48” to 52” Diameter 
60” to 72” Diameter 
Ten-Round or “Banquet Round” 
72” to 96” Diameter 

Consider table settings. In a fast casual restaurant, a table for two (a “deuce”) may only need enough room for two plates, two beverages, some basic silverware, and a condiment holder. For upscale dining it might need enough room for a complete set of course-specific flatware, dinnerware, and glassware including bread plates, water glasses, wine glasses, and coffee cups plus table lighting and a centerpiece. Depending on the menu, it may also need room for baskets of bread, platters of appetizers, or trays of food that will be served on the table. Select table sizes to match your menu and style of service.  

Commercial dining room chairs should be at least 16” to 18” wide. It’s a good idea to leave 18” of space behind occupied chairs. This allows room for service staff and other patrons to get by. Diagonal table arrangements save space. Round tables are often deemed more intimate, and they make it possible to “squeeze” in an extra chair when necessary, but a 48”x48” square table (for example) provides more surface area than a 48” diameter round table. Further, square tables can be pushed together to create longer tables for bigger parties. Most operators combine multiple sizes and shapes for maximum versatility.  

The Americans with Disabilities Act has special requirements to accommodate wheelchairs. They include: 

  • A 36″ aisle between any fixed seats or movable tables 
  • 5% (and no less than 1) of all tables must be wheelchair accessible 
  • A clear floor area of 30″ x 48″ at each wheelchair accessible seating location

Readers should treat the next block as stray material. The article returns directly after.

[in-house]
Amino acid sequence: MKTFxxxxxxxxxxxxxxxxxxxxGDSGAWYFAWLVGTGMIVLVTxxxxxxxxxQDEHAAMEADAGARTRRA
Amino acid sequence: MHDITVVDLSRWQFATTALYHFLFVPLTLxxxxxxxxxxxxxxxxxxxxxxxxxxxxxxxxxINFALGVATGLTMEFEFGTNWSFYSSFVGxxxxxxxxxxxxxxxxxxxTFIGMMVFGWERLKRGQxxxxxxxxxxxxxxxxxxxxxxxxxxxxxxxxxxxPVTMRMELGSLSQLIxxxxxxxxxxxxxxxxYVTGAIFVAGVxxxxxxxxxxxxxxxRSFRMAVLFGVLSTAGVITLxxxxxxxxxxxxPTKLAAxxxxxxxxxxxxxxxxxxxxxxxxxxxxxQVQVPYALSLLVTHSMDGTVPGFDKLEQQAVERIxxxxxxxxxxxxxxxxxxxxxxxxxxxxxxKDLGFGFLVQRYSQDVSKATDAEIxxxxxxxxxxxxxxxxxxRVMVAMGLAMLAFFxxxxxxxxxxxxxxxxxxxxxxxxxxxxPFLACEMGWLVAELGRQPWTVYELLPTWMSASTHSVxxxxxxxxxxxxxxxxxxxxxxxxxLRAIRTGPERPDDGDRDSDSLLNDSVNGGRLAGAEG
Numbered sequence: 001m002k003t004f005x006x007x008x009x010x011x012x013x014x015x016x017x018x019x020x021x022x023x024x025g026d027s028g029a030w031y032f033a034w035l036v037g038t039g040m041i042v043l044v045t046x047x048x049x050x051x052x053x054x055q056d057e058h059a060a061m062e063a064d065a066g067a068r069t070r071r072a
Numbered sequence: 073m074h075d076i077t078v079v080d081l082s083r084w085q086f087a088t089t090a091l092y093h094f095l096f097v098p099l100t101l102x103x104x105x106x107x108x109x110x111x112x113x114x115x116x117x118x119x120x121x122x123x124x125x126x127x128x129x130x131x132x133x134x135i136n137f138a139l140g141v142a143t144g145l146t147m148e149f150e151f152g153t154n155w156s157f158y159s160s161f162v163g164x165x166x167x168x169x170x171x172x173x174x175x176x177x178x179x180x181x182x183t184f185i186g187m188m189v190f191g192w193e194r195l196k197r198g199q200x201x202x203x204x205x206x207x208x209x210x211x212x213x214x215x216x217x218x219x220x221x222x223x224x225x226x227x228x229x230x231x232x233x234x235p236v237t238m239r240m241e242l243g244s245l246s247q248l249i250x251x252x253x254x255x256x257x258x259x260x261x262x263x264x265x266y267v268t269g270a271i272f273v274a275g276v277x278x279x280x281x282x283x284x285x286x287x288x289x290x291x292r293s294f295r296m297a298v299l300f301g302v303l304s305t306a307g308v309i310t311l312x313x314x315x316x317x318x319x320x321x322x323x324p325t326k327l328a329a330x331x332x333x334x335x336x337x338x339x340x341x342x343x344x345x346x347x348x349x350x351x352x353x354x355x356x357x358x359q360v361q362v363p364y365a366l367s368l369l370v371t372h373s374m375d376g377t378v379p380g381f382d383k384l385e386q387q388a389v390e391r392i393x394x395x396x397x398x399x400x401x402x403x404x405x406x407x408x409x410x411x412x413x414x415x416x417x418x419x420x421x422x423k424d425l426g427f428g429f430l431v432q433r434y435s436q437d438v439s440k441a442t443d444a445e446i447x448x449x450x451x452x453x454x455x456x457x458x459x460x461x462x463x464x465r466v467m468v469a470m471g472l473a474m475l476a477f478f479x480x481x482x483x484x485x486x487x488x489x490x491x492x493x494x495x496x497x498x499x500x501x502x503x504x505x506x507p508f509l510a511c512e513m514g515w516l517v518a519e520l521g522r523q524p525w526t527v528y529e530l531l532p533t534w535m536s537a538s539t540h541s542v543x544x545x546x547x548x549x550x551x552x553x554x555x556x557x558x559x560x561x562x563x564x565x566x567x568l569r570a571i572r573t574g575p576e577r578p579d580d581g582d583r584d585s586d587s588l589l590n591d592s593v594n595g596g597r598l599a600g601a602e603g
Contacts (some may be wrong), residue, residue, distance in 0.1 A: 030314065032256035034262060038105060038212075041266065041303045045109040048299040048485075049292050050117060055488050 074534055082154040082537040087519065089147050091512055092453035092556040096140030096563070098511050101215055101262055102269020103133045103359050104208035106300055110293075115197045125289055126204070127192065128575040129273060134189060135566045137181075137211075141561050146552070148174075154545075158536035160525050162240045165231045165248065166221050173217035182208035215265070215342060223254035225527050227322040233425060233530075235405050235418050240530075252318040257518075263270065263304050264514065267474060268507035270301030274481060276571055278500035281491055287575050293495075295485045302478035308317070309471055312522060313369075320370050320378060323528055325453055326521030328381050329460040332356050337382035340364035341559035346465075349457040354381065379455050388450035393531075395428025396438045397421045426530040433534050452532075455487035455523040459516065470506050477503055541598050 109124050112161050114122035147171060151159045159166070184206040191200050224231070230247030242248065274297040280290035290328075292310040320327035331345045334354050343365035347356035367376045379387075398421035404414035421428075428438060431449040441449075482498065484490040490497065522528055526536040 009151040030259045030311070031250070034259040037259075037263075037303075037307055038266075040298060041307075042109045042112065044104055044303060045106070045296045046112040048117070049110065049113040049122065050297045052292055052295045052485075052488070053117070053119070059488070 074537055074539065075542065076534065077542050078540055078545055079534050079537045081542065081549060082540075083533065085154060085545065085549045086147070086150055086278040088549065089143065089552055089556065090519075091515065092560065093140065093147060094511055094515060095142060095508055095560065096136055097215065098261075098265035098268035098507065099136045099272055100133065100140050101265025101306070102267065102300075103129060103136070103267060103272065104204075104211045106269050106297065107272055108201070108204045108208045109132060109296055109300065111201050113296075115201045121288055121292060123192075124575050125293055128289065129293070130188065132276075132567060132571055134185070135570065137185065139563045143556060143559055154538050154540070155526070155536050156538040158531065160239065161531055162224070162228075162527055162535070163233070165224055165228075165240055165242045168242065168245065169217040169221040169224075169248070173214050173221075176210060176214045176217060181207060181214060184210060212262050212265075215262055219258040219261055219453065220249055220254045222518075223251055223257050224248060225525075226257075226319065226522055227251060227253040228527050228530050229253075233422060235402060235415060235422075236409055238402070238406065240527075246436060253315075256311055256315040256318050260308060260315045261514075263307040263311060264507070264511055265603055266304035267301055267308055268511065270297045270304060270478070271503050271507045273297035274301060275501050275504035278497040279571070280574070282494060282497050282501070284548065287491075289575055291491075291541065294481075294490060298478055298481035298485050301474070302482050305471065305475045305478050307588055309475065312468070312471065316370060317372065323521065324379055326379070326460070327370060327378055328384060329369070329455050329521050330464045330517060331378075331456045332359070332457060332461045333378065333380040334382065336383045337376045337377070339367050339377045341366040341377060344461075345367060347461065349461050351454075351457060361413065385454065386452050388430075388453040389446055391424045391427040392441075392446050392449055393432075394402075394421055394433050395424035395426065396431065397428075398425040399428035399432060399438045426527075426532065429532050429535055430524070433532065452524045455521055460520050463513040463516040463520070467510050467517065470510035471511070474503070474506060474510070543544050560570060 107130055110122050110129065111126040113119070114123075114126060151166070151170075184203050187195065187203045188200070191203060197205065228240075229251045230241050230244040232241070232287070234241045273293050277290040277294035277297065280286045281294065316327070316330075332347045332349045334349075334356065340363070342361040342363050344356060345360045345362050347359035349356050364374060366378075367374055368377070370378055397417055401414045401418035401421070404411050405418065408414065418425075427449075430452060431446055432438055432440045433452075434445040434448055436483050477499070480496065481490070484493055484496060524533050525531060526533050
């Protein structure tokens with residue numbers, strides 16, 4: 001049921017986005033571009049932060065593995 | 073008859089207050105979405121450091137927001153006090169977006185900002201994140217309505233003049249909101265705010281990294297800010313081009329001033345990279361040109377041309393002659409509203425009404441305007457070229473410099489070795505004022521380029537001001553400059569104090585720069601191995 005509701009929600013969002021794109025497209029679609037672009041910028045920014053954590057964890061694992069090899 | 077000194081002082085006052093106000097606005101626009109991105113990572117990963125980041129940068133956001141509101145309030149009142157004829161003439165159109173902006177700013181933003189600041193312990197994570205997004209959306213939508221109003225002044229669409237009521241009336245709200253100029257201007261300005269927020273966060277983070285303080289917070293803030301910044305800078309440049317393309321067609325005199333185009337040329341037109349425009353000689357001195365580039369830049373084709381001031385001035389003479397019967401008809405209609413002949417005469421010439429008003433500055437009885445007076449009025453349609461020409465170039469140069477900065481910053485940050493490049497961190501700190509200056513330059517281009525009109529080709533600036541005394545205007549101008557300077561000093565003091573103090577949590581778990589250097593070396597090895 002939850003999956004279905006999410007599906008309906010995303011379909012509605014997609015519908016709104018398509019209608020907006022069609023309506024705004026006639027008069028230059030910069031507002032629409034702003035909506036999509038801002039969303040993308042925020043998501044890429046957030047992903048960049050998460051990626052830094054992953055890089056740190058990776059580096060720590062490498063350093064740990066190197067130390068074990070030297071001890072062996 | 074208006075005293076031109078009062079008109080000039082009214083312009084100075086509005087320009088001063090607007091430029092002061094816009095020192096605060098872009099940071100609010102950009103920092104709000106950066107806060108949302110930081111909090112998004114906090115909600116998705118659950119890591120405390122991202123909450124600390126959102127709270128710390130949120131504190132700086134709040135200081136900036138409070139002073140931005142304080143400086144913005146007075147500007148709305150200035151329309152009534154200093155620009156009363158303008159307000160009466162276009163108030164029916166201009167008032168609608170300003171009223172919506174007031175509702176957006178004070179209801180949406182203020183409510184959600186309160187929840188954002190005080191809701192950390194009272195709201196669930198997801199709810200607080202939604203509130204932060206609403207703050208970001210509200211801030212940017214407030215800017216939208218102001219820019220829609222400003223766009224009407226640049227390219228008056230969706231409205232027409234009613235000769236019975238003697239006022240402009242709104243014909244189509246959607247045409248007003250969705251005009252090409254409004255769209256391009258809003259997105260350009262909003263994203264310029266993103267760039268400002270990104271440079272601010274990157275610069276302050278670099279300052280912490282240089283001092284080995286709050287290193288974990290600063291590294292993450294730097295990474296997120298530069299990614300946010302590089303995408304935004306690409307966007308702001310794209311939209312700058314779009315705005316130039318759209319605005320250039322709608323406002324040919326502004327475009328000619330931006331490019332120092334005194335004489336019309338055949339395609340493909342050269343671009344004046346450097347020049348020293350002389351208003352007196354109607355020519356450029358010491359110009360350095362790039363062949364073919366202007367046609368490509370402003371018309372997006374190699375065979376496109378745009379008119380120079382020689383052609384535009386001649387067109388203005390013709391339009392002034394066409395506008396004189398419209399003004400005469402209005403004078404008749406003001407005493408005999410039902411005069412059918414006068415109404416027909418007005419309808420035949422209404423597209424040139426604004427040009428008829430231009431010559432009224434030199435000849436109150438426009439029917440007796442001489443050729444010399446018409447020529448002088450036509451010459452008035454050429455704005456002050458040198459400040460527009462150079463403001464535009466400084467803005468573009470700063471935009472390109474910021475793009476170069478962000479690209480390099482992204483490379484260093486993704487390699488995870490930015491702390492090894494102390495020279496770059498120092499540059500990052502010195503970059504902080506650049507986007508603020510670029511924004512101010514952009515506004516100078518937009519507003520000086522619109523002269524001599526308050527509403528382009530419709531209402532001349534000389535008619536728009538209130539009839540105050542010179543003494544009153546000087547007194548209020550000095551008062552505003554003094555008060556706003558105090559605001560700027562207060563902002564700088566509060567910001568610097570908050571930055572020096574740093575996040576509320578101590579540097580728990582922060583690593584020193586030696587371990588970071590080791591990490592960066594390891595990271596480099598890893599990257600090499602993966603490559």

A Kitchen Spot expert can help you with dining room layout and ADA compliance issues.  



Manufacturers such as Flash Furniture and Oak Street Manufacturing offer commercial restaurant chairs in a wide variety of materials and designs. The most common options are: 

  • Metal (Stainless Steel, Aluminum) – Premium priced, highly durable and stable. Many feature wood or upholstered seats and seat backs. Can be painted, chromed, or natural. Some are stackable. 
  • Wood – Good durability with classic appeal. Many feature upholstered seats and seat backs. Can be painted, stained, or natural. Some are foldable or stackable. 
  • Plastic – Value priced, lightweight, and versatile with many available colors. Many feature a metal frame with padded seats. Both stackable and foldable variations are popular.  

Upholstery coverings are typically vinyl or synthetic leather for cleanability. Other fabrics should be treated for water and stain resistance. Large and well cushioned chairs make a good impression and promote longer seating times with higher check totals. This is ideal for upscale dining. For venues with a high turnover rate, smooth hard seats are preferable. They are functional, and cleanable, but don’t encourage customers to linger. Folding and stacking chairs allow for easy storage and transport. They are great for catering and banquet venues. A Kitchen Spot expert can help you find the right combination of features and materials for your dining room chairs.